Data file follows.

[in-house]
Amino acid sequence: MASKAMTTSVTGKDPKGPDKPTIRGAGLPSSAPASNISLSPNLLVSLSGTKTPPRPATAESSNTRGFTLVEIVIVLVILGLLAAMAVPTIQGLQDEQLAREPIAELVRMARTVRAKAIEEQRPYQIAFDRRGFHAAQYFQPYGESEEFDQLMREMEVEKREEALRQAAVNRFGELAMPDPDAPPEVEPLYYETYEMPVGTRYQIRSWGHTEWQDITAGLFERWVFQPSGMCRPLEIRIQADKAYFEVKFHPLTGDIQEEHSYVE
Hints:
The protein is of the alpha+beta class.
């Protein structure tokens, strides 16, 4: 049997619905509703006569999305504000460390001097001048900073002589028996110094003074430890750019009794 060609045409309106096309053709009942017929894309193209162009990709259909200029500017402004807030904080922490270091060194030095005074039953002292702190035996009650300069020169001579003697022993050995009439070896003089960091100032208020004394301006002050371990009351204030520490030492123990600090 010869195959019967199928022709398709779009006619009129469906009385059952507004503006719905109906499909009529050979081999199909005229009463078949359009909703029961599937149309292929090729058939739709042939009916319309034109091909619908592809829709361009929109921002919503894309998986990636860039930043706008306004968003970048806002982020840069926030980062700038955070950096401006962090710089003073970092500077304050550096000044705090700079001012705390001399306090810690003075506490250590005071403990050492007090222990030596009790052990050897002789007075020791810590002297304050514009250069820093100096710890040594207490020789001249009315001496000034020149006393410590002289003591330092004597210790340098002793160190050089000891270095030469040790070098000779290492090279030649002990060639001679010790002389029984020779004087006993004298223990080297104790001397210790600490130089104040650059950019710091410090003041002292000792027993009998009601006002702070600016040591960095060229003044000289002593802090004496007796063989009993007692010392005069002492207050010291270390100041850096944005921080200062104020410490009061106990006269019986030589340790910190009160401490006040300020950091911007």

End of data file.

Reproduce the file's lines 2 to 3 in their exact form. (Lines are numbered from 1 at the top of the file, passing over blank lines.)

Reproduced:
Amino acid sequence: MASKAMTTSVTGKDPKGPDKPTIRGAGLPSSAPASNISLSPNLLVSLSGTKTPPRPATAESSNTRGFTLVEIVIVLVILGLLAAMAVPTIQGLQDEQLAREPIAELVRMARTVRAKAIEEQRPYQIAFDRRGFHAAQYFQPYGESEEFDQLMREMEVEKREEALRQAAVNRFGELAMPDPDAPPEVEPLYYETYEMPVGTRYQIRSWGHTEWQDITAGLFERWVFQPSGMCRPLEIRIQADKAYFEVKFHPLTGDIQEEHSYVE
Hints: